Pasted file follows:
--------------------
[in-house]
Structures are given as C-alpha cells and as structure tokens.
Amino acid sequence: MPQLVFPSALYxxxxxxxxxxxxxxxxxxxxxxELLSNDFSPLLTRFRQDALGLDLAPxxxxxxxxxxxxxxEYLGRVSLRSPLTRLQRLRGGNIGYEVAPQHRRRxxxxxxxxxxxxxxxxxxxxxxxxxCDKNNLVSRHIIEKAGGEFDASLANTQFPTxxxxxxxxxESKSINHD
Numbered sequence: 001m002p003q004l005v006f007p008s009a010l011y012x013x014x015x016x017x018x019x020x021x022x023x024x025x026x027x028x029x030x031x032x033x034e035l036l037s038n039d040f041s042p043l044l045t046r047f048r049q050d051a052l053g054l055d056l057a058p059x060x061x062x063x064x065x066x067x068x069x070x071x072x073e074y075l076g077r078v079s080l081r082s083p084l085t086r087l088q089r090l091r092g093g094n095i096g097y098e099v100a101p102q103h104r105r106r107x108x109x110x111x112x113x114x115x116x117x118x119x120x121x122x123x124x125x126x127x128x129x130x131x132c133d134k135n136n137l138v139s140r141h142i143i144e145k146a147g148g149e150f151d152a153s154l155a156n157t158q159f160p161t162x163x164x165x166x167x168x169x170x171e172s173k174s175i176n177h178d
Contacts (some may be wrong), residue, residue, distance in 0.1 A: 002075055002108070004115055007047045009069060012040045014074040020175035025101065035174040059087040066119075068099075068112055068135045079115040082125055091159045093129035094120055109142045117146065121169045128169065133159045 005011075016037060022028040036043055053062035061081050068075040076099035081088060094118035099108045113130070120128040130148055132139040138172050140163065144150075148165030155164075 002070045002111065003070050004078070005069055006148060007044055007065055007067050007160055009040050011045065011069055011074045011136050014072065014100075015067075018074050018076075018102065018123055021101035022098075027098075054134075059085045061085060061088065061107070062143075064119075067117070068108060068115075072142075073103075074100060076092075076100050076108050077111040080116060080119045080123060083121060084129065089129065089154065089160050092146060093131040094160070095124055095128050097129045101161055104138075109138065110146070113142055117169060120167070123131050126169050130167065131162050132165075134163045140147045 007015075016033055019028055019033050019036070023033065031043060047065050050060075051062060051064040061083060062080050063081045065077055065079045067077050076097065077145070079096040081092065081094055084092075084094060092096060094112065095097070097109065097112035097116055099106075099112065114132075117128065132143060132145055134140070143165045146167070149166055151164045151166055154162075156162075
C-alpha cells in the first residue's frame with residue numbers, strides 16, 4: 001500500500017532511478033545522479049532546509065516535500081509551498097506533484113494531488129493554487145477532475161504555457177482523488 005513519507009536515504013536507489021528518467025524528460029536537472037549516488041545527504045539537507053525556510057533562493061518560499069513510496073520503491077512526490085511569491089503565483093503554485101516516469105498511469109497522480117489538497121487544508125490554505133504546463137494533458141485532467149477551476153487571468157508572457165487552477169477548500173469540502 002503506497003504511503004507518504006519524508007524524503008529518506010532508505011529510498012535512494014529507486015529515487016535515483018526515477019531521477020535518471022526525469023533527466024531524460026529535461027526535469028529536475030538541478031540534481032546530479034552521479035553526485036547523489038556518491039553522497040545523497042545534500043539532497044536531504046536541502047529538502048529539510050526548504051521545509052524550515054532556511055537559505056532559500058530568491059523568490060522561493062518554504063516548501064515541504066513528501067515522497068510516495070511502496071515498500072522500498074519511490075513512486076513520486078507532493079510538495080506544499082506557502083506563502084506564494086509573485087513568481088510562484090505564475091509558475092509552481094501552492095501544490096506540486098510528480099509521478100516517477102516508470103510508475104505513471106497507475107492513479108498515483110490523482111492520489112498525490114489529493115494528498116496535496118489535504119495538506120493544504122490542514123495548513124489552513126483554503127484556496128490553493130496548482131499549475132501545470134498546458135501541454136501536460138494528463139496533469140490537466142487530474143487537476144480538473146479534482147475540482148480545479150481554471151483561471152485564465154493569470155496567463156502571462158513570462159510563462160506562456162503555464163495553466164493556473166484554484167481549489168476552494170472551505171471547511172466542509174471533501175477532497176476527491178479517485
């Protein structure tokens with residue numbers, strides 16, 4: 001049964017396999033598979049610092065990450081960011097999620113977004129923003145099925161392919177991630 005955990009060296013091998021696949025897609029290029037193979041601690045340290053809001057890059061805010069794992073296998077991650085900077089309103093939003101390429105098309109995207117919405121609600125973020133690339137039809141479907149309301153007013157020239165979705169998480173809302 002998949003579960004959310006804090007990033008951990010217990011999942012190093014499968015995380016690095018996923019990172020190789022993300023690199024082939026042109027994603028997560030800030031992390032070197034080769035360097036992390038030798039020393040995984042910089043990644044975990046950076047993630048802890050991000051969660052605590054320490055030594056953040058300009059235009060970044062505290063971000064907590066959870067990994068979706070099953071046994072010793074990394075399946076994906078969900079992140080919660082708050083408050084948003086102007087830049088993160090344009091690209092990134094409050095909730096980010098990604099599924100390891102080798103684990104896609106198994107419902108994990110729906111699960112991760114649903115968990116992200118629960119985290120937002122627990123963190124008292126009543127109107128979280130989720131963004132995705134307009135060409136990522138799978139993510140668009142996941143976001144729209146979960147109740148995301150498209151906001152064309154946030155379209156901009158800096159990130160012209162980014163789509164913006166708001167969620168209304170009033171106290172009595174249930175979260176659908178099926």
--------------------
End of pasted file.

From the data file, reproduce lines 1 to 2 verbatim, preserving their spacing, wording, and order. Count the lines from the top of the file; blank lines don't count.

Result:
[in-house]
Structures are given as C-alpha cells and as structure tokens.